FINALLY I have my first Bronte Project review! Reading has been slow going recently (I haven’t even cracked open any of my Christmas books, thanks mainly to picking two quite meaty Bronte books..) This book looked like it would be fairly easy- it’s a book of short(ish) stories written by Charlotte when she was 20 and a young, unhappy teacher at Roe Head School.
This book was HARD WORK. Firstly, I need to point out to you that the Bronte grasp of grammar was notoriously… fluid. It’s the case with all of the Bronte siblings and is evident here. Let’s just say that Charlotte wouldn’t have passed her skills tests to gain qualified teacher status. She also had yet to develop her story writing skills (these would be developed a few years later after a spell in Brussels.) As a result, the stories feel overly long-sometimes more novella length than short story- and all over the place structurally. I had to really concentrate to keep track of what was going on. I even resorted to writing notes sometimes!
Secondly, it’s presented without much context, bar a short bit of family information on the front page and some diary fragments from her time at Roe Head. I think it would have benefitted enormously from a proper introduction and maybe a list of characters. As it was, I knew that the Angria stories were written by Charlotte with her brother Branwell from an early age- and because I was also reading the Juliet Barker biography at the same time, I had more of a handle on the conflicts the two of them had and the arguments that the stories could provoke. These could often lead to characters dying and coming back to life, titles and names being changed and some characters being more important than others at different times. In these stories, it could be hard to tell who was being talked about and there was a certain expectation that the reader would understand and remember past events- not easy when you’re dipping into a vast imaginary world that has been written by two people in close conjunction for many years.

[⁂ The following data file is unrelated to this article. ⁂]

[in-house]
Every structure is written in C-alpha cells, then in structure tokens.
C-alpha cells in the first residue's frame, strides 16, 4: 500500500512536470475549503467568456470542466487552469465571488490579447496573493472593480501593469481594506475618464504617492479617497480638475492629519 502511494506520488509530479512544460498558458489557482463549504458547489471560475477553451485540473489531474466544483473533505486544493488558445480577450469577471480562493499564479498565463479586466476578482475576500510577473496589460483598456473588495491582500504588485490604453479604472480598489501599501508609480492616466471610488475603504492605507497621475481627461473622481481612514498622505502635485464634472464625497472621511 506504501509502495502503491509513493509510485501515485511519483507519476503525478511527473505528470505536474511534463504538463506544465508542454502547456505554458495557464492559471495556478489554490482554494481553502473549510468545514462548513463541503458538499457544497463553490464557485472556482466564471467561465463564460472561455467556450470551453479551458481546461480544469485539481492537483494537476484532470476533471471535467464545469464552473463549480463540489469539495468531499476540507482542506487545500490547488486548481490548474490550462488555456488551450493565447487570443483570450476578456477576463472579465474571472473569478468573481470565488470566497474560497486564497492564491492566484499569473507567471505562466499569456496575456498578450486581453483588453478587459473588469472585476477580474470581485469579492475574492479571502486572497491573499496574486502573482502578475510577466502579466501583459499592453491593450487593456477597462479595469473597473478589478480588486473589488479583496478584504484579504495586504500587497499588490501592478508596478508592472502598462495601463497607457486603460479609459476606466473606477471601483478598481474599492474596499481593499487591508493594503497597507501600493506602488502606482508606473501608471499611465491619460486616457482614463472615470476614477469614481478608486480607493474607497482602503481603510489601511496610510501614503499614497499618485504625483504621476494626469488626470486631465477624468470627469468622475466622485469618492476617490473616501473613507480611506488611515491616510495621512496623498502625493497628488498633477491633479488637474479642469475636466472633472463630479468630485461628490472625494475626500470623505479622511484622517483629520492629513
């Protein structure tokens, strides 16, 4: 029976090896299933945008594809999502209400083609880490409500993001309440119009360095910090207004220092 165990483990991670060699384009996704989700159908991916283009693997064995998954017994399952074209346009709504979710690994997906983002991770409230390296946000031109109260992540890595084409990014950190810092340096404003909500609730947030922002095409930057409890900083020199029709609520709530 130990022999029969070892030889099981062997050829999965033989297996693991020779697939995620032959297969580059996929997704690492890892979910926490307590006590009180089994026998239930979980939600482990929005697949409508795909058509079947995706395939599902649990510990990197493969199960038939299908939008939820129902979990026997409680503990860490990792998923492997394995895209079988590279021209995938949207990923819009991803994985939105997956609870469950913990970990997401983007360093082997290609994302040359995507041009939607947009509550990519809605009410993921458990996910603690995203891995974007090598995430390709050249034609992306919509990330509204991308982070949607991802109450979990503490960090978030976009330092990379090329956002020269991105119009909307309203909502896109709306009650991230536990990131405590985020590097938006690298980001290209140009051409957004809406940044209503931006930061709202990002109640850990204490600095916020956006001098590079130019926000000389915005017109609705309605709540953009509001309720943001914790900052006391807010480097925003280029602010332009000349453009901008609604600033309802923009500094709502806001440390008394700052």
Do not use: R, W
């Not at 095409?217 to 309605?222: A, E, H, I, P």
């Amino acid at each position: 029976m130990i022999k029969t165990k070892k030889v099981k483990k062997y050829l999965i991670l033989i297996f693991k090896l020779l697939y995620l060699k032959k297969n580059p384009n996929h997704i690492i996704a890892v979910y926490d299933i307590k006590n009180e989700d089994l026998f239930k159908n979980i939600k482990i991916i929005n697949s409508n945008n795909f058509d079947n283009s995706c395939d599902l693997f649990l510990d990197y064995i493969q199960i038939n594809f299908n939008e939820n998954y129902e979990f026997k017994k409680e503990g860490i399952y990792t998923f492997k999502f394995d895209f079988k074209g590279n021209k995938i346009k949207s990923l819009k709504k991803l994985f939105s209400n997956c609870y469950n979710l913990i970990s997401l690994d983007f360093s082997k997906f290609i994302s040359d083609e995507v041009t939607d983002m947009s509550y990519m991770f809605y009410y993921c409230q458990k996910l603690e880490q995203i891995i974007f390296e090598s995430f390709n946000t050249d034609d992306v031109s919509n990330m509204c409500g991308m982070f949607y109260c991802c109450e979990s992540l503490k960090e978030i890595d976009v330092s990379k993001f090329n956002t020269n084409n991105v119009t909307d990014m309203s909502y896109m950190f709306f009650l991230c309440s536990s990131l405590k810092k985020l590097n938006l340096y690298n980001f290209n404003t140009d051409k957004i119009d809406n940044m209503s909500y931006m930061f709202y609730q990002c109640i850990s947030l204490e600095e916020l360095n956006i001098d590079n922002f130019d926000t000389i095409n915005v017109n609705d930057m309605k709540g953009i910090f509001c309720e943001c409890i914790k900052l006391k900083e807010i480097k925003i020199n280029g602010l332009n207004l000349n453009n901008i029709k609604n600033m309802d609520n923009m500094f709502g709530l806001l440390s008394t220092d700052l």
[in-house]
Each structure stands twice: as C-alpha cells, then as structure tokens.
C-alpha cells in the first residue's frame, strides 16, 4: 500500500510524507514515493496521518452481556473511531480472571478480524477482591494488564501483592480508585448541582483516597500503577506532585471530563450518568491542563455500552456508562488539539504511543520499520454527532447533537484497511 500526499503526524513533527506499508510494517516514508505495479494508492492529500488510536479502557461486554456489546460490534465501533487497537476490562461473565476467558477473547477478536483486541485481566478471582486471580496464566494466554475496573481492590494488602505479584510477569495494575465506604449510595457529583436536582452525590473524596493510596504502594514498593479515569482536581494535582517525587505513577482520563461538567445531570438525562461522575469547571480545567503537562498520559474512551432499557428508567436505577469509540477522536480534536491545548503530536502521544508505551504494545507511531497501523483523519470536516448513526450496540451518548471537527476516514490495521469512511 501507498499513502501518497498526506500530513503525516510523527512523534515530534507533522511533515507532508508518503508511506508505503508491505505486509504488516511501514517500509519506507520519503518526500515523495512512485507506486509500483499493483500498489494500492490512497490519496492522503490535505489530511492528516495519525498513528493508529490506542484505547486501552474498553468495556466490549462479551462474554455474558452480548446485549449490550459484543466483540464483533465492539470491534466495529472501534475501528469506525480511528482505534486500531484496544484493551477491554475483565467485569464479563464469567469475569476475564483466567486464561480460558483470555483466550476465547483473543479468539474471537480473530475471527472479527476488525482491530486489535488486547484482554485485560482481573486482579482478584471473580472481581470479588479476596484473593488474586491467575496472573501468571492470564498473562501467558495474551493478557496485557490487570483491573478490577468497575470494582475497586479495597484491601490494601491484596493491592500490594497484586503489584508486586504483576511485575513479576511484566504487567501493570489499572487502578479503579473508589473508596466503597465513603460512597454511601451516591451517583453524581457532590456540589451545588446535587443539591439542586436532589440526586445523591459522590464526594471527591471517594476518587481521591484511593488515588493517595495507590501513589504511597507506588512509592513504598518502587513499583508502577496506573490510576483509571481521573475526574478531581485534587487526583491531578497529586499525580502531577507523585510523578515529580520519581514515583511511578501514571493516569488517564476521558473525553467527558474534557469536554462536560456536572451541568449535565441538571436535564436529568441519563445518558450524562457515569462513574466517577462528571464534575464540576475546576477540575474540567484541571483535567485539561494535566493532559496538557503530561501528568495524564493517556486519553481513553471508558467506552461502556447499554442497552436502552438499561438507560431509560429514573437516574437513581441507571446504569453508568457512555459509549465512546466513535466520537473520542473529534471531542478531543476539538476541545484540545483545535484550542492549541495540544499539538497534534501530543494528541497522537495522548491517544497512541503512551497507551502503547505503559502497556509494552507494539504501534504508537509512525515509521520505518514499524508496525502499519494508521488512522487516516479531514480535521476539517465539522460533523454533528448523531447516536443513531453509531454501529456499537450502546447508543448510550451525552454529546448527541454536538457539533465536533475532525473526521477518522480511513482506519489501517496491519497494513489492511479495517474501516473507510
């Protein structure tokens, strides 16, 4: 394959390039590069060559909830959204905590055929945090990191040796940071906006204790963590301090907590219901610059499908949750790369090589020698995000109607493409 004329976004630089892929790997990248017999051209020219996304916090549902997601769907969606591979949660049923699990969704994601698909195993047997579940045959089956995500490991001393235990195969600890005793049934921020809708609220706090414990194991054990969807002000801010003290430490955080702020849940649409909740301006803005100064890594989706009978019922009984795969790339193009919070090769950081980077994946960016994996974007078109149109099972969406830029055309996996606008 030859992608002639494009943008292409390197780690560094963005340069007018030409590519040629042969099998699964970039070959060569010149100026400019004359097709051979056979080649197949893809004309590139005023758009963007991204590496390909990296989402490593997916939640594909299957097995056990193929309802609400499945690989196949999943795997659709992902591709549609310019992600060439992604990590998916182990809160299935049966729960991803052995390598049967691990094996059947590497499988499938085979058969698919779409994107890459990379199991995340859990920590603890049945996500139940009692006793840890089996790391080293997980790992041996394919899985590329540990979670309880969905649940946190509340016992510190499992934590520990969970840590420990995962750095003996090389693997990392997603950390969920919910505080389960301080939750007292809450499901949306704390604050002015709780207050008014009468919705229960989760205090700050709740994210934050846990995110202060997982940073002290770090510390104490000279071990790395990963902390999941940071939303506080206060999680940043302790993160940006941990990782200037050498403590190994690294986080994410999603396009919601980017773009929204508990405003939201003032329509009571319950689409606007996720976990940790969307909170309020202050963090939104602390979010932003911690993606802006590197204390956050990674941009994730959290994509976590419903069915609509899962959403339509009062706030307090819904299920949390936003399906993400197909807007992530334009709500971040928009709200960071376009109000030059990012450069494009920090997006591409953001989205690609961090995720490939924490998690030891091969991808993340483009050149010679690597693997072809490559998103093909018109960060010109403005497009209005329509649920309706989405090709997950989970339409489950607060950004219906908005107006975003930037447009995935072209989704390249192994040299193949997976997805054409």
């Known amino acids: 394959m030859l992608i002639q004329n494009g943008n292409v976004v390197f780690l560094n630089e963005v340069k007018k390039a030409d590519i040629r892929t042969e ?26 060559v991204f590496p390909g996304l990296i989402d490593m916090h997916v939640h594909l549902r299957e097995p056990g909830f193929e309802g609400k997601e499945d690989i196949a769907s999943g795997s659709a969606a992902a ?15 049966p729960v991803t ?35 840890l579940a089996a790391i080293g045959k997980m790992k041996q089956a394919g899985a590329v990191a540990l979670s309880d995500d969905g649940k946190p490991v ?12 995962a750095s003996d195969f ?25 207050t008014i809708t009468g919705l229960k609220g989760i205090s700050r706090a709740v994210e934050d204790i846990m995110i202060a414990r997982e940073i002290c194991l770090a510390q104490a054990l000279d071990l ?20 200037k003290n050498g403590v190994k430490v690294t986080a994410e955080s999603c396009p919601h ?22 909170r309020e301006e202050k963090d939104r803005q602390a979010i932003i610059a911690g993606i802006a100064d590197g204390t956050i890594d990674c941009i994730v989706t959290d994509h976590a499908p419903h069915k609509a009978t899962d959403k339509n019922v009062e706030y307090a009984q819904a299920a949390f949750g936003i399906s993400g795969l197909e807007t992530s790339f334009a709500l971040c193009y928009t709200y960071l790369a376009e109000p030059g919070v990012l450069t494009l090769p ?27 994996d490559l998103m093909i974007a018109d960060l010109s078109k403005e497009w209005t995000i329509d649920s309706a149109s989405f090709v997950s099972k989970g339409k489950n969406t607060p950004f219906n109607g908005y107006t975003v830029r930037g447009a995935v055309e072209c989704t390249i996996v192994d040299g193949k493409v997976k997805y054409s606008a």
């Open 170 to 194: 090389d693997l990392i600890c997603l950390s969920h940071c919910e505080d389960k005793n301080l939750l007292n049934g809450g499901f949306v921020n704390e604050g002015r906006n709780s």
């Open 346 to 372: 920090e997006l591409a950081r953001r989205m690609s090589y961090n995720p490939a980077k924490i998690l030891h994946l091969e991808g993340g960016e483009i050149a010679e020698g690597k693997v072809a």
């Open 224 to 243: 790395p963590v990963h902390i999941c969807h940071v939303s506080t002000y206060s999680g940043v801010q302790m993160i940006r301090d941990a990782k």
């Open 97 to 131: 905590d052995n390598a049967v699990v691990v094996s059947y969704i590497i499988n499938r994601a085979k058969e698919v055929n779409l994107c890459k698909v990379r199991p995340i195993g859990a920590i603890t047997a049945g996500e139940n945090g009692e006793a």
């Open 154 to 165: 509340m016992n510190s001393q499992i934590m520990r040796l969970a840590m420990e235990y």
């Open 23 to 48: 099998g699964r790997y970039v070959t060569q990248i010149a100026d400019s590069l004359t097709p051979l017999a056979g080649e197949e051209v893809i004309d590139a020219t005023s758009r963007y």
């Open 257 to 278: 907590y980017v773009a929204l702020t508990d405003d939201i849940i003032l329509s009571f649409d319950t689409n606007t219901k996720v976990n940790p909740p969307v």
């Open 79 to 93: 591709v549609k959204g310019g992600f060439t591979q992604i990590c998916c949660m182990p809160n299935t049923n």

In her book, Barker states the case that Charlotte was clearly in love with her main character, the Duke of Zamorna, and I have to agree. All of the stories lead to him one way or another and he seems a total rake- but he’s never really judged for it, which is interesting in a writer who could be very judgmental.
All in all, it wasn’t my favourite book ever! For me, the best (and most straightforward) story was Mina Laury, about a wife and a mistress who meet. All I can say is that it lulled me into a false sense of security. This book is for hardcore Bronte scholars only…